People have died from tobacco-related diseases since the opening of the first FCTC working group on 28 October 1999.
Download media release: Nations to Launch Negotiations on Treaty to Combat Illicit Tobacco Trade [Adobe Acrobat PDF - 46.14 KB]
GENEVA, SWITZERLAND – On February 11, representatives from more than 150 countries will begin negotiations here on an historic international treaty to combat illicit trade in tobacco products – a massive global problem that undermines efforts to reduce tobacco use and save lives, helps fund organized crime and terrorist organizations, and costs governments billions in revenue.
The Framework Convention Alliance (FCA), an international alliance of more than 300 non-governmental organizations, urges countries to negotiate a strong treaty that can help reduce tobacco use and its devastating health and financial consequences around the world.
Tobacco use currently claims more than five million lives worldwide each year, and that number is
projected to double by 2020, with 70 percent of these deaths in developing nations, according to the World Health Organization (WHO) . It also costs nations huge sums annually in health care costs and lost productivity.
Illicit trade refers primarily to the smuggling and counterfeiting of tobacco products, which are the world’s most widely smuggled legal consumer product. The illicit trade treaty will be a supplementary treaty, or protocol, to the existing WHO tobacco control treaty, the Framework Convention on Tobacco Control (FCTC), which became international law in February 2005.
The FCTC obligates ratifying nations, which now number 152, to implement effective measures to reduce tobacco use, including higher tobacco taxes, strong health warnings, laws requiring smoke-free workplaces and public places, and bans on tobacco advertising, promotion and sponsorship. However, illicit tobacco trade undermines the effectiveness of many of these measures, especially higher tobacco taxes, and encourages smoking, especially among price-sensitive young people, by making cigarettes available cheaply.
“By supporting a strong illicit trade treaty, nations can strengthen their own efforts to reduce tobacco use and help their people live longer and healthier lives,” said Laurent Huber, Director of the Framework Convention Alliance. “Smuggled and counterfeit tobacco products undermine national tobacco control policies, especially tobacco taxes, and contribute to higher tobacco consumption and more smoking-related illness and death.” 
It has been estimated that illicit trade accounted for 10.7 percent of global cigarette sales in 2006, or about 600 billion cigarettes. This analysis found that the illicit tobacco trade deprives governments of $US 40-50 billion in tax revenue each year. This is greater than the GDPs of two-thirds of the world’s countries.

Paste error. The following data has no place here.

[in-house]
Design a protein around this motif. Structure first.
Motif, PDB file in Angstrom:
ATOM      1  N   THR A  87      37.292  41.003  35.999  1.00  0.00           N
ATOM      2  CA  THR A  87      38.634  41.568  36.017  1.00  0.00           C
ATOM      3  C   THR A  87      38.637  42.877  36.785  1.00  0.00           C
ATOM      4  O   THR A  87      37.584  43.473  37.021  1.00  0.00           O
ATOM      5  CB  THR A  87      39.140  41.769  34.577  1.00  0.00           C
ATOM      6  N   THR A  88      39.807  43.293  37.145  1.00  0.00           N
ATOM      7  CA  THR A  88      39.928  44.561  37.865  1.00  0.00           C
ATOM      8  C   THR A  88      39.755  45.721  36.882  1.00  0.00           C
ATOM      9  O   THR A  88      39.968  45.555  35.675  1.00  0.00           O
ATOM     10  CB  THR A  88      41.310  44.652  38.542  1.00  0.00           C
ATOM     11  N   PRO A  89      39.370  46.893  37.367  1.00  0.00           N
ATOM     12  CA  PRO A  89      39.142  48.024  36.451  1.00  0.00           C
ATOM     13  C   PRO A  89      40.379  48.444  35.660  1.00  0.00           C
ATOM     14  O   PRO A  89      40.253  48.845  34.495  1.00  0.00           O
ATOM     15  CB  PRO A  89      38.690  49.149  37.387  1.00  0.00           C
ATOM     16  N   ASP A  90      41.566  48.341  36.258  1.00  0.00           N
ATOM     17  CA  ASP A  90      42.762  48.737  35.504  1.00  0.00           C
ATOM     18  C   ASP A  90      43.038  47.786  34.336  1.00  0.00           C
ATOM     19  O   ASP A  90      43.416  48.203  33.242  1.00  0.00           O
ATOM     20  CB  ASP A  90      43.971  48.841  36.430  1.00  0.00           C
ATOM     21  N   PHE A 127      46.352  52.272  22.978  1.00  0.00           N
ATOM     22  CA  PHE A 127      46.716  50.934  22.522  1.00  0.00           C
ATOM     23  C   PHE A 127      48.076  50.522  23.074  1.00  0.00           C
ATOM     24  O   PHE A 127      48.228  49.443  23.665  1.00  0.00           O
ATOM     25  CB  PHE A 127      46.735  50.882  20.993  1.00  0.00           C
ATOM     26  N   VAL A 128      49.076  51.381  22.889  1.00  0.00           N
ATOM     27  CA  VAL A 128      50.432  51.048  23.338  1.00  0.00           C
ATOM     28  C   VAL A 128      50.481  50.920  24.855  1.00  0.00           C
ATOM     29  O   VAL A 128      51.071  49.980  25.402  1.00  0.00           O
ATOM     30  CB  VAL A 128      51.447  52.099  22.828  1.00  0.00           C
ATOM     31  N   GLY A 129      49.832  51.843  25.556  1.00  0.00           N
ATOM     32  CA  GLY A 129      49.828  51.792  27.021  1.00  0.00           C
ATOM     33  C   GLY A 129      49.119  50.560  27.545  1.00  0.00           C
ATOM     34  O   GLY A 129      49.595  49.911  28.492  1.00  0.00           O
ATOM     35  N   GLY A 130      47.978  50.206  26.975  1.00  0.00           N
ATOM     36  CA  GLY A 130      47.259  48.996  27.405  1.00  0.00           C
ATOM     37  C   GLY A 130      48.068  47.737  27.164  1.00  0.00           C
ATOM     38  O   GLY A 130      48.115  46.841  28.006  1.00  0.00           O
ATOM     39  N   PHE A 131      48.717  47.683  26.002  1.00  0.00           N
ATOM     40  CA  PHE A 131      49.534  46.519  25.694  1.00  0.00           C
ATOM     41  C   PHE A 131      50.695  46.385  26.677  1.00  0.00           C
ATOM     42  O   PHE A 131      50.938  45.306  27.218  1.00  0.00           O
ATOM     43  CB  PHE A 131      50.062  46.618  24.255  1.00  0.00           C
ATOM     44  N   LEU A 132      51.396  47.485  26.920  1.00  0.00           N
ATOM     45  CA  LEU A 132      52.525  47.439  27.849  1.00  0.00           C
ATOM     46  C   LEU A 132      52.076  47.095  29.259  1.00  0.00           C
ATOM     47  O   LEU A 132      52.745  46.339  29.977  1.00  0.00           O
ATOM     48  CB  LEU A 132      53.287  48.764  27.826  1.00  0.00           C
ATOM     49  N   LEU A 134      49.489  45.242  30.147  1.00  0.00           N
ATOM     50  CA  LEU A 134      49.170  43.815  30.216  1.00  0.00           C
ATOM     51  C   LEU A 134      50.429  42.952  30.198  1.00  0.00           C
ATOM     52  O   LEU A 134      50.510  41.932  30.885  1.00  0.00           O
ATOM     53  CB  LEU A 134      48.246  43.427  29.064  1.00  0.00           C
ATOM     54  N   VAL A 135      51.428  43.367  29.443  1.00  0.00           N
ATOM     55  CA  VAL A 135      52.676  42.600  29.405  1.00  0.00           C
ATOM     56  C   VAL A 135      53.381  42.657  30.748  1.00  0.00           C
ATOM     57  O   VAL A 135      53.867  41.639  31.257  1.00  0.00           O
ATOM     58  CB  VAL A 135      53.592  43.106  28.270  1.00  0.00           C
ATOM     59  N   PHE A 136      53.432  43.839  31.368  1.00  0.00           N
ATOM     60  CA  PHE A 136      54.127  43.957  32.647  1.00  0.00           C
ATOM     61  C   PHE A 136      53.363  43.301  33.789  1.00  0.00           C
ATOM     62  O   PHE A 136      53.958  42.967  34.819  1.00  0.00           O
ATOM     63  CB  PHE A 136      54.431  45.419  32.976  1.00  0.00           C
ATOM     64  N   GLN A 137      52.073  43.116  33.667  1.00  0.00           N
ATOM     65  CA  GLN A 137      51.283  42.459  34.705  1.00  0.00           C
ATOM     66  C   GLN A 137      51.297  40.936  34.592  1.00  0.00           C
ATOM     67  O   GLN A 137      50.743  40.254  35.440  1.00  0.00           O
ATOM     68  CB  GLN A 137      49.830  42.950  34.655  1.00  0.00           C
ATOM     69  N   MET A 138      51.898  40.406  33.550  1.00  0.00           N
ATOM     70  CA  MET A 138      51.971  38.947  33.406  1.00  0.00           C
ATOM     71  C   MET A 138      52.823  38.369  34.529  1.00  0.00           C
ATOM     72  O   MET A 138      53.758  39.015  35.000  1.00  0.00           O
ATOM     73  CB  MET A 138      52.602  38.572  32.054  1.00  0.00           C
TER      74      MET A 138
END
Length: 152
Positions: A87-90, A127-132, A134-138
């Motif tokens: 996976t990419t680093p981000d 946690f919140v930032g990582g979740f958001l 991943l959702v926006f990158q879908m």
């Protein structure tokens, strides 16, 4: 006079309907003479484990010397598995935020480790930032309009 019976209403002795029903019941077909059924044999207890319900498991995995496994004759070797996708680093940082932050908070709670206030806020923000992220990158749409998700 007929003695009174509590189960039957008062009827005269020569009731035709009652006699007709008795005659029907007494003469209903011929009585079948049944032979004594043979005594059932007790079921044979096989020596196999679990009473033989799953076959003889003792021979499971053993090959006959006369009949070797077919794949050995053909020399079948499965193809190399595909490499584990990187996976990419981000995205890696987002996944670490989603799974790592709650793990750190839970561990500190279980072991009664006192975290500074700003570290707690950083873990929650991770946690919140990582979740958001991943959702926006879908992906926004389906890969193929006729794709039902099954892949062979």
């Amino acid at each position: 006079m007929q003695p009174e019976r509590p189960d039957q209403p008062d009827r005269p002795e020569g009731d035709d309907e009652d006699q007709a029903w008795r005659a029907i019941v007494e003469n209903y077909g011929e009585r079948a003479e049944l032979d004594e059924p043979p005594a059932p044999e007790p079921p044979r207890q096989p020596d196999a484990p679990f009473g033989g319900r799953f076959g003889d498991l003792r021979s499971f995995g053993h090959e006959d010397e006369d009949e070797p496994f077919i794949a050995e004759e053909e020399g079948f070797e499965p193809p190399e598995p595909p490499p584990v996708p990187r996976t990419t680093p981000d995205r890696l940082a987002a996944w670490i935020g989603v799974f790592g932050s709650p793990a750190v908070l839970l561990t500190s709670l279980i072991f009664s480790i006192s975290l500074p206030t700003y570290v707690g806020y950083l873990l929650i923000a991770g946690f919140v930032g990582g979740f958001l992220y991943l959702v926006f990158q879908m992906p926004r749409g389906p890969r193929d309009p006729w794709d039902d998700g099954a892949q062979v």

In addition to being a public health problem and a financial problem, the illicit tobacco trade is also a law and order problem, and even a threat to international security. There is evidence that the illicit tobacco trade is carried out by transnational criminal groups and has been used to raise funds for terrorist organizations.
Nations that are party to the WHO tobacco control treaty agreed in July 2007 to negotiate the supplementary treaty on illicit trade. They did so to prevent illicit trade from undermining other tobacco control efforts and in recognition that the illicit tobacco trade is a transnational problem that cannot be addressed without a comprehensive system of international cooperation. Countries have set a goal of completing the illicit trade treaty by 2010.
The Framework Convention Alliance is urging governments to include the following provisions in the illicit trade protocol:
An international tracking and tracing system of tobacco products; Anti-money laundering measures; System of record keeping for all imports and exports of tobacco products; Obligations for tobacco manufacturers to control their supply chain with penalties for those that fail to do so; The criminalization of participation in illicit trade in various forms; Increased international cooperation in the sharing of information and prosecution of offences.
The Framework Convention Alliance is made up of over 300 organizations representing over 100
countries around the world. It was created to support the development, ratification, and implementation of the WHO FCTC. For more information, including a list of members, visit www.fctc.org
1 World Health Organization, Building Blocks for Tobacco Control: A Handbook (2004) 6,
2 Framework Convention Alliance, How big was the illicit trade problem in 2006? (Geneva 2007),
3 Framework Convention Alliance, How big was the illicit trade problem in 2006? (Geneva 2007),
4 U.S. General Accounting Office, Terrorist Financing: U.S. Agencies Should Systematically Assess Terrorists' Use of Alternative Financing Mechanisms, Report to Congressional Requesters GAO-04-163 (November 2003) 11-12,
; Center for Public Integrity, Tobacco Companies Linked to Criminal Organizations in Lucrative Cigarette Smuggling (March 2001) www.publicintegrity.org